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Friction is a Real Drag

Friction is a force that creates resistance to movement between two surfaces that are touching.

Have you ever gotten “rug burn” as you tried to slide across a carpet? Carpets create a lot of friction. Remember a time you went on a “slip-n-slide.” Did you get scraped at all? Probably not. This is because a slip-n-slide creates almost no friction when it is wet.

There are two basic types of friction: static friction and kinetic friction. Let’s take a look at each type:

Static friction

Static friction

Static friction is a force that operates on surfaces that aren’t in motion. For example, when you pull a chair out from the table, you have to overcome static friction to get the chair to move.

When you walk static friction prevents your feet from slipping on the ground allowing you to push forward. Imagine trying to walk on slick ice!

When static friction starts to act on a round object, the object simply turns to a new spot. This reduces the effects of friction on an object with wheels, allowing it to travel much further than an object without wheels. When humans invented wheels, they found a clever way to overcome friction.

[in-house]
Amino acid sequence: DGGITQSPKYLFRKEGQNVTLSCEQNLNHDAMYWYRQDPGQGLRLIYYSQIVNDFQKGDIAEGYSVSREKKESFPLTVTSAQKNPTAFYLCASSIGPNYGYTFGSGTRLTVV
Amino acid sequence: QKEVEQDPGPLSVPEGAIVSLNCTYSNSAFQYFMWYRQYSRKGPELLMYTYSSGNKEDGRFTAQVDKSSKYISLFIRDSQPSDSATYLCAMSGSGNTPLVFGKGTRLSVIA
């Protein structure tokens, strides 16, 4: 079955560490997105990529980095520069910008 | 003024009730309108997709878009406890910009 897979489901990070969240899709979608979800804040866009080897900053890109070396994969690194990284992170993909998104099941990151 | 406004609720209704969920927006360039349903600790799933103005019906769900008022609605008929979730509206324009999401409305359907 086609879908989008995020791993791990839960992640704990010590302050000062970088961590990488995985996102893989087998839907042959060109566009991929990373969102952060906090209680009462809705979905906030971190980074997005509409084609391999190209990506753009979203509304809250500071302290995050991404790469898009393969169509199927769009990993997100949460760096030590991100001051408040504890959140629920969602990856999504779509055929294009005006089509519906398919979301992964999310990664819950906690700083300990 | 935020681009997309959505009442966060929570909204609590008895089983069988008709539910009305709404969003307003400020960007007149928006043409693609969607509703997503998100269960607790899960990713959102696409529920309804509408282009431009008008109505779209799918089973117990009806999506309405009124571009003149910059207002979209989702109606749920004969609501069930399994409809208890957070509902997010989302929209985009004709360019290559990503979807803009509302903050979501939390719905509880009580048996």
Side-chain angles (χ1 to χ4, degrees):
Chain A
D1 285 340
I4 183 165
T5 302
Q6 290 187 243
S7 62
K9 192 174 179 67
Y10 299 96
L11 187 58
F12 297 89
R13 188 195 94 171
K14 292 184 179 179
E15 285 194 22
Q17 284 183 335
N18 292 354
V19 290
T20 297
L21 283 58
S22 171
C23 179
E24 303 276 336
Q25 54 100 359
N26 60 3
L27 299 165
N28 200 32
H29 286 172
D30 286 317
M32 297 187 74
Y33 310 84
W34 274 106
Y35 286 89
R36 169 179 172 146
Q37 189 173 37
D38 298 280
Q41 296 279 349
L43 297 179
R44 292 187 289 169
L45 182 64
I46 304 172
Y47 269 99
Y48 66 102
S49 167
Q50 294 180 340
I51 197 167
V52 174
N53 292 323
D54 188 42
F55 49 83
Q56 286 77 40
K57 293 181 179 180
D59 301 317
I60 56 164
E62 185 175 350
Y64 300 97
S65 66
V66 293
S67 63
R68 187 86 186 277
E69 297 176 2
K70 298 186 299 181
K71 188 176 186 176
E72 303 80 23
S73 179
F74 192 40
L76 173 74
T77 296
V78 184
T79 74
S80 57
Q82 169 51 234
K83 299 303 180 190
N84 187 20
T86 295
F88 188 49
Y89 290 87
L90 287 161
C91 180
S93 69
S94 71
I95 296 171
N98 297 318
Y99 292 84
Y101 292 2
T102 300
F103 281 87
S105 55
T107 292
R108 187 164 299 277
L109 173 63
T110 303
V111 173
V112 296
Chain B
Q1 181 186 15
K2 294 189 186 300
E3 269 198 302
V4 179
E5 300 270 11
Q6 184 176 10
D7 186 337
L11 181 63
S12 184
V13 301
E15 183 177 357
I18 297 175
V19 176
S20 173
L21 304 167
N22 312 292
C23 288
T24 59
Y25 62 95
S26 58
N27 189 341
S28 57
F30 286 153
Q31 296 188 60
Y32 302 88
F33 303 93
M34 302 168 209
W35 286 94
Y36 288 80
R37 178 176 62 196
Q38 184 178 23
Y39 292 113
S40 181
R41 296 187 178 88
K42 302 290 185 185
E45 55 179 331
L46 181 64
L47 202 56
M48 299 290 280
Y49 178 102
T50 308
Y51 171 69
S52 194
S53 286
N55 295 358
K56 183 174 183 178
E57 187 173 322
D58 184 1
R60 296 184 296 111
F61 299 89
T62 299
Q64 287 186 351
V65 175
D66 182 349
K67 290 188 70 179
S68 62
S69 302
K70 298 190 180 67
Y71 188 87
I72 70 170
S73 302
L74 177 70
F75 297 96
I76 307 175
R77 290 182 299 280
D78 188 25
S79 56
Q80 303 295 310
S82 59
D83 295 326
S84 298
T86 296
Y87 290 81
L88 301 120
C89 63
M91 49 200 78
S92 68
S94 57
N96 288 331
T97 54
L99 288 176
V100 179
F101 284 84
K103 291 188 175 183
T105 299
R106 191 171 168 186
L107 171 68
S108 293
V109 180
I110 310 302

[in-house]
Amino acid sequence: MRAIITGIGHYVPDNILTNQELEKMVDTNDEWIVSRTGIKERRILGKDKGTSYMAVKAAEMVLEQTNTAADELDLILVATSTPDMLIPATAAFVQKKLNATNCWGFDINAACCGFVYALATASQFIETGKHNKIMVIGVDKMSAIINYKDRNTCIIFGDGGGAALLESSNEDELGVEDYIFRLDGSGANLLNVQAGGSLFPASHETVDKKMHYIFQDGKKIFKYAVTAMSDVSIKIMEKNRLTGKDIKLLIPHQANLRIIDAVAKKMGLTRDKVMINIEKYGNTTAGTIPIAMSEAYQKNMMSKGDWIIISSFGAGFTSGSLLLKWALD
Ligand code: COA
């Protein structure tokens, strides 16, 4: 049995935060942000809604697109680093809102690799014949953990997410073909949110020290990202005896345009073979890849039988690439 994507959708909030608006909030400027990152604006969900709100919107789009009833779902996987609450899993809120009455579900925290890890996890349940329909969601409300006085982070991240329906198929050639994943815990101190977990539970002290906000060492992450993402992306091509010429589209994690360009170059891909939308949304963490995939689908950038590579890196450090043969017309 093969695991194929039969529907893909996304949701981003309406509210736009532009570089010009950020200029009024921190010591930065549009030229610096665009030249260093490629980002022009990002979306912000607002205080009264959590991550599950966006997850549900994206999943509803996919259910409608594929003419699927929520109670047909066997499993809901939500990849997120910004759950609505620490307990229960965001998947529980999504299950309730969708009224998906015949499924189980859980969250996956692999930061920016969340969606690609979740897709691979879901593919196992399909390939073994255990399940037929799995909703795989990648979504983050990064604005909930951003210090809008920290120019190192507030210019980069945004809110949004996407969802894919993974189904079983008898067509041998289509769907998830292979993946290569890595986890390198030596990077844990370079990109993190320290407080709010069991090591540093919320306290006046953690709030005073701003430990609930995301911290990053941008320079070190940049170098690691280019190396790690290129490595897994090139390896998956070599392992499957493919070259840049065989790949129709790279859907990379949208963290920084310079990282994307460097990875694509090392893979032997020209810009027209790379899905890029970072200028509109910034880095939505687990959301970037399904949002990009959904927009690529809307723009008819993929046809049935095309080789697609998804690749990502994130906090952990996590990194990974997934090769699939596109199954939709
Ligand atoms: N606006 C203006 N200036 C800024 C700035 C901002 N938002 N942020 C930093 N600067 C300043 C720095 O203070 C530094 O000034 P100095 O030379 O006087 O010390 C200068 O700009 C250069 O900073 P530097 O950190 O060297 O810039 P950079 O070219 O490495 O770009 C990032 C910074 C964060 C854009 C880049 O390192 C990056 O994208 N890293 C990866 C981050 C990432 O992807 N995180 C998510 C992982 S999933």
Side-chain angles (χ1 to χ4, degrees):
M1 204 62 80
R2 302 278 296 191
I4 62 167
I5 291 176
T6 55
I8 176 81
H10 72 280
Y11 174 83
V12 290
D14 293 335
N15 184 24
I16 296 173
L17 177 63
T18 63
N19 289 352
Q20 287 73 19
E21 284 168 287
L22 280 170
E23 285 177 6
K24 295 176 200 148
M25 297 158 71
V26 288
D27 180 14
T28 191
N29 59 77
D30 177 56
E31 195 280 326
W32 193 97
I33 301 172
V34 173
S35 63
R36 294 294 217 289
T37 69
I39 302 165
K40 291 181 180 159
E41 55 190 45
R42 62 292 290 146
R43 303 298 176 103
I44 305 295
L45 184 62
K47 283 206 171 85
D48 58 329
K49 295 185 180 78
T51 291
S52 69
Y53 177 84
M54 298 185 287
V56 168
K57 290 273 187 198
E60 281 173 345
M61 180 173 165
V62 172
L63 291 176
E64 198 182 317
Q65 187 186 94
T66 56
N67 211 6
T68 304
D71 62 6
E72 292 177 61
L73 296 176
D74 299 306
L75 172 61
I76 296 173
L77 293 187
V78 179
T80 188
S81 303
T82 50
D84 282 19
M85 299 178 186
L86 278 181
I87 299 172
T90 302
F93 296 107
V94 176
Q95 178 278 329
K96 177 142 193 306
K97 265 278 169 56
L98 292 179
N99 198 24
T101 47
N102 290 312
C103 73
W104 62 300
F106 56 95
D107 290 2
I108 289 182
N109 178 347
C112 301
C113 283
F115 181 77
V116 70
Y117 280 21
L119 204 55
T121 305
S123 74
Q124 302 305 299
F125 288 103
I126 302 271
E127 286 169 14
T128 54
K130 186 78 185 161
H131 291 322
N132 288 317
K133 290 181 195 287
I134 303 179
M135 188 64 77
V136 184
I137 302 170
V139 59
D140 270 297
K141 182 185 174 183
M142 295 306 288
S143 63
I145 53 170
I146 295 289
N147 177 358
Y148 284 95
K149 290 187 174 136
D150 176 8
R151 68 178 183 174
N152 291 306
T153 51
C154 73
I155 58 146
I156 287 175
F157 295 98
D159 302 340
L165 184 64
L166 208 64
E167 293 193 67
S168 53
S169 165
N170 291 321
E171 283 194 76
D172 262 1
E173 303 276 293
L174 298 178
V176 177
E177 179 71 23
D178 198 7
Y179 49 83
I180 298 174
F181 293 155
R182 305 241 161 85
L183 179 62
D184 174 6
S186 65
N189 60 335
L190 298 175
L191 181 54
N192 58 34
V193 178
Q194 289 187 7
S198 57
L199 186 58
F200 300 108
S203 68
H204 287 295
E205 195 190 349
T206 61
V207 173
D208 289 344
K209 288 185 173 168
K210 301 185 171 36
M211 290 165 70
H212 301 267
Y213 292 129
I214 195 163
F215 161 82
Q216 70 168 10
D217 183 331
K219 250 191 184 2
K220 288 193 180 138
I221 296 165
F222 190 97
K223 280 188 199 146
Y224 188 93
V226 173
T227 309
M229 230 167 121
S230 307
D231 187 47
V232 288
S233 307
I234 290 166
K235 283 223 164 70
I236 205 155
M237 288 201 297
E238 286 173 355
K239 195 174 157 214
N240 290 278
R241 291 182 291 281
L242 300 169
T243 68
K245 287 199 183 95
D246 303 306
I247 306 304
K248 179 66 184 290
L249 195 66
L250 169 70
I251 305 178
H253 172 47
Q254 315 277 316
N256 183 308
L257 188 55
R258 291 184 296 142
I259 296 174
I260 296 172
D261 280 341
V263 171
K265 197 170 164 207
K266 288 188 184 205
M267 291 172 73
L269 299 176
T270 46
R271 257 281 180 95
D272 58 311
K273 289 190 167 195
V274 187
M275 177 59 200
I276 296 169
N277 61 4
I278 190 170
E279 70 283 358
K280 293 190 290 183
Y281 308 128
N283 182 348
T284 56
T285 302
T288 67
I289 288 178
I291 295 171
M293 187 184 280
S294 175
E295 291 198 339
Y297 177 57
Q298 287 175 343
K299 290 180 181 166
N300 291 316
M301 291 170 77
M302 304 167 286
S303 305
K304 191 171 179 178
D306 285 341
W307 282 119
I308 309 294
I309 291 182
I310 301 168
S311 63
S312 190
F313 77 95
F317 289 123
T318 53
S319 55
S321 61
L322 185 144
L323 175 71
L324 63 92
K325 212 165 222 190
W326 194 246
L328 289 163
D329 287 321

Kinetic friction

Kinetic friction

Kinetic friction is a force exerted by objects that are moving against each other. When two solid objects move next to each other, friction slows them down.

If you have ever tried to slide across the kitchen floor, you felt sliding friction between your feet and the floor. You can slide really easily in socks but if you try sliding in your sneakers, you’ll stick to the floor and not slide at all.

Fluid friction is sometimes called drag. Gases provide less friction than liquids, though there is still enough fluid friction in the air to help a plane take off or slow the descent of a sky-diver!

Physics In Action: Friction Leads to Earthquakes!

Physics In Action: Friction Leads to Earthquakes!

Friction plays a major role in earthquakes. An earthquake happens when the edges of two tectonic plates slide against each other. Most of the time, those plates are held in place by static friction. But, these plates have forces on all sides trying to move them around. As the forces push them in one direction, the static friction can be broken.

When enough pressure builds up to overcome the static friction between two plates, the ground literally moves as the plates slide by each other. The kinetic friction sends out heat and waves of energy – causing things to shake!

Written by Laura McCamy

Edited by Gabriel Buckley, MS Professional Natural Sciences

Illustrated by Pablo Velarde Diaz-Pache

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